And then, I go online and find out that Muhammad Ali has died.
And apart from thinking, “Jesus, not another one” and shaking my fist in the general direction of 2016, I find myself looking back and realising the effect Ali had on me as a kid.
I grew up in the 1970s, so a lot of my childhood icons are ripe for passing away now. But surely there was no greater, more iconic, more important man than Cassius Clay.
I’m not a big fan of boxing. But Ali transcended not just boxing, but sport itself. Yes, he was a great boxer, but more importantly, he was a great man.
Here’s his boxing record:
|Wins by KO||37|
Not too shoddy, right?
I grew up in quite an insular, secular part of Middle England, where there were very few people of colour. I can remember maybe two from my school.
But the one black man who was regularly on my TV was Muhammad Ali.
If he wasn’t fighting, he was on the Parkinson show.
And, aside from the fact he was a bloody amazing and entertaining boxer, he was witty, articulate, erudite, smart, and despite his profession, a pacifist, refusing to enter the armed forces stating: “My conscience won’t let me go shoot my brother, or some darker people, or some poor hungry people in the mud for big powerful America. And shoot them for what? They never called me nigger, they never lynched me, they didn’t put no dogs on me, they didn’t rob me of my nationality, rape or kill my mother and father…. How can I shoot them poor people? Just take me to jail.”
In short, he was quite the polar opposite of how black people were generally portrayed – on the rare occasion they were portrayed at all – in the media at the time.
Muhammad Ali taught me, and I can never thank him enough.
Donald Trump, take note. He changed his name to Muhammad. You would have it that this man never set foot in your country, let alone became one of the most loved and respected sportsmen of my, or any, generation.
Here’s something I have shamefully stolen from Wikipedia, 11 quotes (I thought 11 was an odd number, but I can’t pick one to trim to make it a more tangible 10) from the great man himself:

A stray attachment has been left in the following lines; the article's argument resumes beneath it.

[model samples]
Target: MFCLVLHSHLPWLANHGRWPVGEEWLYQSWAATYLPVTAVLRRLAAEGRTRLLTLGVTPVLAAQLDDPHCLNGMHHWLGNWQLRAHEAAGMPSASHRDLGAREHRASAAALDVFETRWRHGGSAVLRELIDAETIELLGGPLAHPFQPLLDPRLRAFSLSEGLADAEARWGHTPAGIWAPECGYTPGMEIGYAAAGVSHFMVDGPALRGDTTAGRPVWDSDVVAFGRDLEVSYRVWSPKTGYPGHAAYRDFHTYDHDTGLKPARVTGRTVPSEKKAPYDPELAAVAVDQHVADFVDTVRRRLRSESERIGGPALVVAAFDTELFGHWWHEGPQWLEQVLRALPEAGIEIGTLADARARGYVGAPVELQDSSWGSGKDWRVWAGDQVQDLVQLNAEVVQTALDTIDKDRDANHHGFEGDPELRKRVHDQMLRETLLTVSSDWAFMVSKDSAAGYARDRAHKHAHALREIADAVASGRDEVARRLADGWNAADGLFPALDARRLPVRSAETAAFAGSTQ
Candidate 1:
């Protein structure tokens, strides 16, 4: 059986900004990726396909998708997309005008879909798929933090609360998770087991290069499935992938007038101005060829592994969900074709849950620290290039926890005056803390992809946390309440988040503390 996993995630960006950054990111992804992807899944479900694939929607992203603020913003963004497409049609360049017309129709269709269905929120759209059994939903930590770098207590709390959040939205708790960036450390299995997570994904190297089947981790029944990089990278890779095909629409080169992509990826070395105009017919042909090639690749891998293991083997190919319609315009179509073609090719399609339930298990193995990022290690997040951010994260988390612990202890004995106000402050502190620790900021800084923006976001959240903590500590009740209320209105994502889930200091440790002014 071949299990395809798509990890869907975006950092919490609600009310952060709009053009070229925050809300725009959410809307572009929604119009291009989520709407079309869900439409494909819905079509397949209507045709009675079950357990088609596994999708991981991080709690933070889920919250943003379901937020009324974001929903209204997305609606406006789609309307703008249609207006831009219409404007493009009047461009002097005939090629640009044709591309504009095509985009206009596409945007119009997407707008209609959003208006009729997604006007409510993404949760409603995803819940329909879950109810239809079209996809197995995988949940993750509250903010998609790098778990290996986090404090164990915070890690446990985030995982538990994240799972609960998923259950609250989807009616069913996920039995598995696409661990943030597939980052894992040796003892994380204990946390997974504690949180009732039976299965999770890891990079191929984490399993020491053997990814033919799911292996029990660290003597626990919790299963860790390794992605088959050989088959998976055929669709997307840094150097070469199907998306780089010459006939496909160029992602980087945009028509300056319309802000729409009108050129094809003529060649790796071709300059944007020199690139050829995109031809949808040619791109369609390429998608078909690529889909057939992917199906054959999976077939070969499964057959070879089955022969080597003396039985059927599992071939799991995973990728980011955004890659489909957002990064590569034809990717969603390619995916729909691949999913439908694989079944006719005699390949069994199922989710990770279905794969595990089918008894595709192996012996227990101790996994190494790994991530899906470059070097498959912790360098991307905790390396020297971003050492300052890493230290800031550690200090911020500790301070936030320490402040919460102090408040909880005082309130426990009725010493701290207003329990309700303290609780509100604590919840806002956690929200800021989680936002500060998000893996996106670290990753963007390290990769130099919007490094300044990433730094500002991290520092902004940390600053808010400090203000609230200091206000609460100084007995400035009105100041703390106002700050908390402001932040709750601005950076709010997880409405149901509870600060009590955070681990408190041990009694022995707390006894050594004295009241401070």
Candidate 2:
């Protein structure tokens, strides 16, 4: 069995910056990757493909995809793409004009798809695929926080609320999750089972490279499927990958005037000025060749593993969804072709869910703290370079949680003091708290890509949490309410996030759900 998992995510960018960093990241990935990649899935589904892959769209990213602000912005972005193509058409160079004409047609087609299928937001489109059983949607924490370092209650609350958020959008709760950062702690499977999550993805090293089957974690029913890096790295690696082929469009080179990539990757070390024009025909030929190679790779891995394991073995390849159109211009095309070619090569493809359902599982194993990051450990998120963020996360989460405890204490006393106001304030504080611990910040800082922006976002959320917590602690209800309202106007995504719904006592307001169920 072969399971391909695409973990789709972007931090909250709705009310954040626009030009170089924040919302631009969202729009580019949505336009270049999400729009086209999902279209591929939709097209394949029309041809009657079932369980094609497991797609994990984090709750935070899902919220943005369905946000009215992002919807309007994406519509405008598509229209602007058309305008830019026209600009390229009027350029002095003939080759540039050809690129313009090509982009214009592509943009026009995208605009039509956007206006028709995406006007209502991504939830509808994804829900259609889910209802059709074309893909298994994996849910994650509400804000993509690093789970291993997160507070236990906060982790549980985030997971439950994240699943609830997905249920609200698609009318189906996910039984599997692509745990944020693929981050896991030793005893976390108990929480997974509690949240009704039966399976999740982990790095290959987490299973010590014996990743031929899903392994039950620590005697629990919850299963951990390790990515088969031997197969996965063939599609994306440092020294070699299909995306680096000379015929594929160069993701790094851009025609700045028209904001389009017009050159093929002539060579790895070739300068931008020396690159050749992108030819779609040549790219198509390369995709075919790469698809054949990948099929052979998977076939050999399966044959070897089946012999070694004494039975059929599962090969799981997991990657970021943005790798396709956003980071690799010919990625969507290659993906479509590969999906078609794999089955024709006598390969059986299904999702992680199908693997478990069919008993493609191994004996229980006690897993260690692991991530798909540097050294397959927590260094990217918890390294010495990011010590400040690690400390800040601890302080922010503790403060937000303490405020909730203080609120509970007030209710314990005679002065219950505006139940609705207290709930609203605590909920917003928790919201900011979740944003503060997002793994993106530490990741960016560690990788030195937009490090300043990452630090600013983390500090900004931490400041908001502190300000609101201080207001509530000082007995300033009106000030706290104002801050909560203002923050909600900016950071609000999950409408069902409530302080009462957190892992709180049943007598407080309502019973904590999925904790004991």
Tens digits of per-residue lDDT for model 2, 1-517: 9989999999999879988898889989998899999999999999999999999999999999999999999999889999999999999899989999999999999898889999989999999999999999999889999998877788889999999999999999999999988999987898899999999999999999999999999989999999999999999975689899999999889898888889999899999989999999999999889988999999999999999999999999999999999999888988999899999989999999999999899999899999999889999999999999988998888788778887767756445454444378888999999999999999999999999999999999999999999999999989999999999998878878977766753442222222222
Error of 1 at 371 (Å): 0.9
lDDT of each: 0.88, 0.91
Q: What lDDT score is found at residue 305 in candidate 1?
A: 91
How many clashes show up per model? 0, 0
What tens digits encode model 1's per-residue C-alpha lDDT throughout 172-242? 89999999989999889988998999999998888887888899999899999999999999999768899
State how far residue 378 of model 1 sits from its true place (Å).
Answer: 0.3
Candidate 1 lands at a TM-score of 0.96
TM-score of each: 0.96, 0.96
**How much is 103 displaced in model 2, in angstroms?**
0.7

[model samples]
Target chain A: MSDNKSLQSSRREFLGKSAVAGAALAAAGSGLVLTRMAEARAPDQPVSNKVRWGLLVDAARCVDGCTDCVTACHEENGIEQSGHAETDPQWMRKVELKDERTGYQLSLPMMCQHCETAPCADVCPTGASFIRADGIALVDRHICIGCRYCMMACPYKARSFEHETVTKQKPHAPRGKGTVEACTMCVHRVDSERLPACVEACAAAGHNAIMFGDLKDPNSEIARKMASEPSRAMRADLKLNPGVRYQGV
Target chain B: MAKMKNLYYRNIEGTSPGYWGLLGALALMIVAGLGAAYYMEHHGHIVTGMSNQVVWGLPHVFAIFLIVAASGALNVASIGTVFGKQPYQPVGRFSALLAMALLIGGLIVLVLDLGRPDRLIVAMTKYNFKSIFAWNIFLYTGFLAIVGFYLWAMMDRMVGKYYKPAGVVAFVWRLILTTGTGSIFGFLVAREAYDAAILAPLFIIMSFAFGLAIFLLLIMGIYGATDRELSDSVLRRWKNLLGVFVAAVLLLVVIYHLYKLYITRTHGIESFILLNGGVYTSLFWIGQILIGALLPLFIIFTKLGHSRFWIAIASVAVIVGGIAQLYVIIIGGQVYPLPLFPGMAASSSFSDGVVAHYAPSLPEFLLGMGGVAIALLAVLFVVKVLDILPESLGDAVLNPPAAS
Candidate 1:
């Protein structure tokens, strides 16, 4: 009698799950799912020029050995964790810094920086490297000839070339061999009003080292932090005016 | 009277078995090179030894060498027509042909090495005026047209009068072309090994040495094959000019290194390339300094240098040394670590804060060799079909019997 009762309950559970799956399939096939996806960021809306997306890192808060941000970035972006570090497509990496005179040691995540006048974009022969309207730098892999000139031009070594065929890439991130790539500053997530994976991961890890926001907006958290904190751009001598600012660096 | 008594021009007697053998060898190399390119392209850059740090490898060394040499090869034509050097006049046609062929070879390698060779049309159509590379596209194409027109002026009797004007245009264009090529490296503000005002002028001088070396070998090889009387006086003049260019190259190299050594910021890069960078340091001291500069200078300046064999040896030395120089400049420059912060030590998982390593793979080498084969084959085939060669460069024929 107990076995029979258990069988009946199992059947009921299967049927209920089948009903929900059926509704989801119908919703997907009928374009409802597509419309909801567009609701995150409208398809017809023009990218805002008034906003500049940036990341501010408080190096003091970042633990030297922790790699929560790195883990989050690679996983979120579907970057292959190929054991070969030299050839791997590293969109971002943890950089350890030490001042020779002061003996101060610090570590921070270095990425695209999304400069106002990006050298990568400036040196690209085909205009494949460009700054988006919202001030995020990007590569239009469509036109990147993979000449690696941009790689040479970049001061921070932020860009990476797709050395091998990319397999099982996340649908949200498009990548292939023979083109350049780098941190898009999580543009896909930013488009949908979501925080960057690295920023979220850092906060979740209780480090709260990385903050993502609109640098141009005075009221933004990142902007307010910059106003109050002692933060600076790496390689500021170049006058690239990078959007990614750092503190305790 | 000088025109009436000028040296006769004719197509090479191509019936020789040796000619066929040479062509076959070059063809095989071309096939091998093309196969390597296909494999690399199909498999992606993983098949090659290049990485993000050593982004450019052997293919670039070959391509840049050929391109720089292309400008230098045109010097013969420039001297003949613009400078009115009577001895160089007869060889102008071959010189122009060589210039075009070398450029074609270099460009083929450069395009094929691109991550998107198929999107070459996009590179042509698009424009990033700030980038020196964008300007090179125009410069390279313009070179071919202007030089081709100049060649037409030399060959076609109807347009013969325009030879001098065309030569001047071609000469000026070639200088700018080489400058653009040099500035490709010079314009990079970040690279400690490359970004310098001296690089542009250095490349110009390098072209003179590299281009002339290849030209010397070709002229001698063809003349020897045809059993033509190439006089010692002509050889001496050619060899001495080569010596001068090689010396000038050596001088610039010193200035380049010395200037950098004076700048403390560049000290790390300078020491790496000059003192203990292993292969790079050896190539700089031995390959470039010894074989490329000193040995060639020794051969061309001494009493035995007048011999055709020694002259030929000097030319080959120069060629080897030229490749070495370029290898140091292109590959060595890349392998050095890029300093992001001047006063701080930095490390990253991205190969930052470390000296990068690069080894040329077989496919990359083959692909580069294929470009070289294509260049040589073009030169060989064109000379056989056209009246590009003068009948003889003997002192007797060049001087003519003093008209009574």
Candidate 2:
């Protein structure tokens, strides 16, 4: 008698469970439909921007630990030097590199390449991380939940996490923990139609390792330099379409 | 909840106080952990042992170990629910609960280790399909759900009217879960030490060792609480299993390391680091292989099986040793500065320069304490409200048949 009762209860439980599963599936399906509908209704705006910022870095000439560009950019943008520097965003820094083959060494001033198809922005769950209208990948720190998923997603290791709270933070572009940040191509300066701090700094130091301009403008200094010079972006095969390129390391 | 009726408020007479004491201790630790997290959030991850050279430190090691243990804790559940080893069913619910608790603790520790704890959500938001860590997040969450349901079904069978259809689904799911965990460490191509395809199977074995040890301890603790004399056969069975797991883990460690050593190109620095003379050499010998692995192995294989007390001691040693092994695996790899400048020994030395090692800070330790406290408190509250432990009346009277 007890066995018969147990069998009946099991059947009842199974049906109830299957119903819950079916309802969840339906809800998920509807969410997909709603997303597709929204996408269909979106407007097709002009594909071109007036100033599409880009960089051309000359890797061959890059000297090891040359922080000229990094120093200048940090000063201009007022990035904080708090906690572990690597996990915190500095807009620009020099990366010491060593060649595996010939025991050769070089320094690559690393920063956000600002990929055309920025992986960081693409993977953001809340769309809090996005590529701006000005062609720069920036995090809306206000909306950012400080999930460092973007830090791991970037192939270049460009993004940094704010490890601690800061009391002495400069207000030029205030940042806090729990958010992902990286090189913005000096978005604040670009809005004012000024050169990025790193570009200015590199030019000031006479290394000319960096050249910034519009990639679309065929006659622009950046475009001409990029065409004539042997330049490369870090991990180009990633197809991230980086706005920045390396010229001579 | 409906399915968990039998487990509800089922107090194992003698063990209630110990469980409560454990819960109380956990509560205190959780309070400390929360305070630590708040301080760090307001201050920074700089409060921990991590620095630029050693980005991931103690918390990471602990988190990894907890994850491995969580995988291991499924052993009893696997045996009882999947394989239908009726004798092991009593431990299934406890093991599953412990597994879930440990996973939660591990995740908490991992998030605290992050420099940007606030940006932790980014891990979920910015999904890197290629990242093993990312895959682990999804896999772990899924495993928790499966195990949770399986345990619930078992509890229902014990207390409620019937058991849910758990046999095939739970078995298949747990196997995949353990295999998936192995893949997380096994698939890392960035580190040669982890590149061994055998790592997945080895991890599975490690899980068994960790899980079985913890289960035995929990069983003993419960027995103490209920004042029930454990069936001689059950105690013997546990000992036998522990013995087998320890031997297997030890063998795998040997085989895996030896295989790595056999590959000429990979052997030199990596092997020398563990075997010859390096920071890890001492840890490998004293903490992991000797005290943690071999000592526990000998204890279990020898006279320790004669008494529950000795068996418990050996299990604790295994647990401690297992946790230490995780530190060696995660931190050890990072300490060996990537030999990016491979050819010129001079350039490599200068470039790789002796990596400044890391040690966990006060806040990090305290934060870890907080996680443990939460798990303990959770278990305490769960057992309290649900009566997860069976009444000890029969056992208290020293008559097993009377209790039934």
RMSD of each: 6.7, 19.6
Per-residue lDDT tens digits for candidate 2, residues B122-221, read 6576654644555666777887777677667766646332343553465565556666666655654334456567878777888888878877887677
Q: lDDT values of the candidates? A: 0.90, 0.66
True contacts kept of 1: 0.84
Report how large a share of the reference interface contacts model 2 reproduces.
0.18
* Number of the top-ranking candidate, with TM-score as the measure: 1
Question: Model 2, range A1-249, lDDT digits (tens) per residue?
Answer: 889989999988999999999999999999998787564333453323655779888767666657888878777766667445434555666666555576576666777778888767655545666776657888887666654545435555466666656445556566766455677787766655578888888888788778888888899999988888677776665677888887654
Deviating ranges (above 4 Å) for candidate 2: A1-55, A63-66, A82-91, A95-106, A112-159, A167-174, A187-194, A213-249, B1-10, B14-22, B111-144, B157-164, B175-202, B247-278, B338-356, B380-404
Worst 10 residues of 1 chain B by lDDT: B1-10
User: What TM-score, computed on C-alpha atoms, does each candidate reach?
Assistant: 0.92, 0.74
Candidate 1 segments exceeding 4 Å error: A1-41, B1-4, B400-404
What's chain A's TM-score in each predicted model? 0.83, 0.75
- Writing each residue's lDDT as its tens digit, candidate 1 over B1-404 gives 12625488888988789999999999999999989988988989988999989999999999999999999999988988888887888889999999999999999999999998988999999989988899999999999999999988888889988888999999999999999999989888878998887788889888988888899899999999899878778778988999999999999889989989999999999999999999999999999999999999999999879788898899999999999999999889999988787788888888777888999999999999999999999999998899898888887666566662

“Champions aren’t made in gyms. Champions are made from something they have deep inside them – a desire, a dream, a vision. They have to have the skill, and the will. But the will must be stronger than the skill.”
“Often it isn’t the mountains ahead that wear you out, it’s the little pebble in your shoe”
“Go to college, stay in school. If they can make penicillin out of mouldy bread, they can sure make something out of you.”
“Hating people because of their colour is wrong. And it doesn’t matter which colour does the hating”
“Rivers, ponds, lakes, and streams – they all have different names, but they all contain water. Just as religions do – they all contain truths.”
“I may not talk perfect white talk-type English but I give you wisdom”
“I am America. I am the part you won’t recognize. But get used to me. Black, confident, cocky, my name, not yours; my religion, not yours; my goals, my own; get used to me.”
“Allah is the Greatest. I’m just the greatest boxer.”
“Impossible is just a big word thrown around by small men who find it easier to live in the world they’ve been given than to explore the power they have to change it.”
“The service you do for others is the rent you pay for your room here on Earth”
“Float like a butterfly, sting like a bee. The hands can’t hit what the eyes can’t see”
Which leads me on to a couple of utterly predictable tunes:
Johnny Wakelin – Black Superman (Muhammad Ali)
Faithless – Muhammad Ali (featuring Pauline Taylor)